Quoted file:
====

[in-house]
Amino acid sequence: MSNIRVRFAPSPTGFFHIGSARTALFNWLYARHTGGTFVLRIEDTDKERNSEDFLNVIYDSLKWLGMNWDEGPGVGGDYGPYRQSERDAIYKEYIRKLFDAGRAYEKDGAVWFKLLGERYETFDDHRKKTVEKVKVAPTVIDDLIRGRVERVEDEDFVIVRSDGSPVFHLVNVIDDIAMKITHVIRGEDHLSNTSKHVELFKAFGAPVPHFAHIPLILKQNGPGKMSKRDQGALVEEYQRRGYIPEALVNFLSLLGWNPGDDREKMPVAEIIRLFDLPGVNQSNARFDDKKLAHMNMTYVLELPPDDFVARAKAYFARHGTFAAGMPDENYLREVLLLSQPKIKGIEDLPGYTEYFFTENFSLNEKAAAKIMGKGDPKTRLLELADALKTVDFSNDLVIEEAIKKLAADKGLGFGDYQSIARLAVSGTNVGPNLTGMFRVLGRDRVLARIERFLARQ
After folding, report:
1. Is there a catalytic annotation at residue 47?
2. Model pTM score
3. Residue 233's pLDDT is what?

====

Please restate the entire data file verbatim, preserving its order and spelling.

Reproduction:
[in-house]
Amino acid sequence: MSNIRVRFAPSPTGFFHIGSARTALFNWLYARHTGGTFVLRIEDTDKERNSEDFLNVIYDSLKWLGMNWDEGPGVGGDYGPYRQSERDAIYKEYIRKLFDAGRAYEKDGAVWFKLLGERYETFDDHRKKTVEKVKVAPTVIDDLIRGRVERVEDEDFVIVRSDGSPVFHLVNVIDDIAMKITHVIRGEDHLSNTSKHVELFKAFGAPVPHFAHIPLILKQNGPGKMSKRDQGALVEEYQRRGYIPEALVNFLSLLGWNPGDDREKMPVAEIIRLFDLPGVNQSNARFDDKKLAHMNMTYVLELPPDDFVARAKAYFARHGTFAAGMPDENYLREVLLLSQPKIKGIEDLPGYTEYFFTENFSLNEKAAAKIMGKGDPKTRLLELADALKTVDFSNDLVIEEAIKKLAADKGLGFGDYQSIARLAVSGTNVGPNLTGMFRVLGRDRVLARIERFLARQ
After folding, report:
1. Is there a catalytic annotation at residue 47?
2. Model pTM score
3. Residue 233's pLDDT is what?